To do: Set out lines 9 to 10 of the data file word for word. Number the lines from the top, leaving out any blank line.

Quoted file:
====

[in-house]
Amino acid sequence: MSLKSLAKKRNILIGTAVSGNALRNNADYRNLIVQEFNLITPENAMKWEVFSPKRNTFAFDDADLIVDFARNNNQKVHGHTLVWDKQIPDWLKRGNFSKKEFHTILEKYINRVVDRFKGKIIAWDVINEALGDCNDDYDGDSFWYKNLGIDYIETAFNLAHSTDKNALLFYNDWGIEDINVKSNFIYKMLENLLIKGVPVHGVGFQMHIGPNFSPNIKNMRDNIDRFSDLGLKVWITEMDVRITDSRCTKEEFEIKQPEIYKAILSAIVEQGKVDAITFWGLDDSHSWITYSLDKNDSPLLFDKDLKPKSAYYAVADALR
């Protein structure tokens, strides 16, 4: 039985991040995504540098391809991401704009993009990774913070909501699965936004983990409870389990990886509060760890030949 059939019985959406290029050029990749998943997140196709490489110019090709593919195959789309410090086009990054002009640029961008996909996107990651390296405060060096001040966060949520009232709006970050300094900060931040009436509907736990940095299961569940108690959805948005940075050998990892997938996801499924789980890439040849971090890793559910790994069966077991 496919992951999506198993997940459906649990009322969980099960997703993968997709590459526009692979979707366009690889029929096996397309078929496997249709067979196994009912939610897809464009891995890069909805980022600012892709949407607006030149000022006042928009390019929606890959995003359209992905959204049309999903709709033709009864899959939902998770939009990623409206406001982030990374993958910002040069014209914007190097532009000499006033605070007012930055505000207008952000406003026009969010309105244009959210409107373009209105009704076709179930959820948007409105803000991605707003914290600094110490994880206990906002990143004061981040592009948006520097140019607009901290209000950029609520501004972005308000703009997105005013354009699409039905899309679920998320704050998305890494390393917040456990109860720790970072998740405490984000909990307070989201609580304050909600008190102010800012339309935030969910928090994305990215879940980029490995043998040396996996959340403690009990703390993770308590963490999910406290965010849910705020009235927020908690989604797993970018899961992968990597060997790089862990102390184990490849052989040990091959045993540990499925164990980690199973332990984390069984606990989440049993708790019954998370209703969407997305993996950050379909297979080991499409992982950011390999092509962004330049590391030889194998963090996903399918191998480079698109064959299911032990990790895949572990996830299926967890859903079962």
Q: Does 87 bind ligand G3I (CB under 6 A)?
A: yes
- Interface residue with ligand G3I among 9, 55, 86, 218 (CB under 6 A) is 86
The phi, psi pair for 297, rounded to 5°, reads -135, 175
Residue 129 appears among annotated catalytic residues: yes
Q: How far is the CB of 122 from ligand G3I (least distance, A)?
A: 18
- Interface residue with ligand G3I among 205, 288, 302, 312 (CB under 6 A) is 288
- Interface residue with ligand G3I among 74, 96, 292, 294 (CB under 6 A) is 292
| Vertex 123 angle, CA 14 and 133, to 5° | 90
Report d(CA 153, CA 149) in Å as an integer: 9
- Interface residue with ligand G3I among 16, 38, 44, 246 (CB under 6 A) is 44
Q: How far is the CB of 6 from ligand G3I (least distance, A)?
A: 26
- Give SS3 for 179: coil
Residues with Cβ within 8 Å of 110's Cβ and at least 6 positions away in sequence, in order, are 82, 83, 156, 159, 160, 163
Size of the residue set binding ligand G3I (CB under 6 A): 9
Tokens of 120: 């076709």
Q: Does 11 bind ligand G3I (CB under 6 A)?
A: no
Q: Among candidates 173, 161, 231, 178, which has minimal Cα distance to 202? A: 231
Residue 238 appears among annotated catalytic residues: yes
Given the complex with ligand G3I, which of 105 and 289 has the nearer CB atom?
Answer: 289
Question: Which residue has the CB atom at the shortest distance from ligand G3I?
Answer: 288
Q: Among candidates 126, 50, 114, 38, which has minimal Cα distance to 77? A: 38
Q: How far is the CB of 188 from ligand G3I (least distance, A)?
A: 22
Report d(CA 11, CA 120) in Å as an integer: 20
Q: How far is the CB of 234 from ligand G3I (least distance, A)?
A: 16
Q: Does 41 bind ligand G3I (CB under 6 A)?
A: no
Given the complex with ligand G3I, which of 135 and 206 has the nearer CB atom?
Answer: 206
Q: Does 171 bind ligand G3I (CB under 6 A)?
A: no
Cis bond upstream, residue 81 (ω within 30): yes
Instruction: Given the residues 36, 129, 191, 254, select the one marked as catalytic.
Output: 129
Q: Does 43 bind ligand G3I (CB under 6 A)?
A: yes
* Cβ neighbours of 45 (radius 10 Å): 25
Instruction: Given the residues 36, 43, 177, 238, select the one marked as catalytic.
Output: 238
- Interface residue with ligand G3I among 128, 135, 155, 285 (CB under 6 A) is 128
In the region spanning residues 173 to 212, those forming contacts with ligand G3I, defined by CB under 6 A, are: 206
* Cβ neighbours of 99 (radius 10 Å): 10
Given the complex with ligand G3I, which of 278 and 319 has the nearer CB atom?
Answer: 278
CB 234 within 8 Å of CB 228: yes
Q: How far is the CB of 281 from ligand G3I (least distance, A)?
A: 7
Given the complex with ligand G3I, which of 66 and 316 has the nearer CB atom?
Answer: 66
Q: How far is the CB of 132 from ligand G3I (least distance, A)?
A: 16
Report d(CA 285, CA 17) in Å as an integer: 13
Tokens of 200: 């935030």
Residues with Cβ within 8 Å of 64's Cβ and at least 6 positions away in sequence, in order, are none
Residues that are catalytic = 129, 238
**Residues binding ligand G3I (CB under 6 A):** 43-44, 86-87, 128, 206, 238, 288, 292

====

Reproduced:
Q: How far is the CB of 122 from ligand G3I (least distance, A)?
A: 18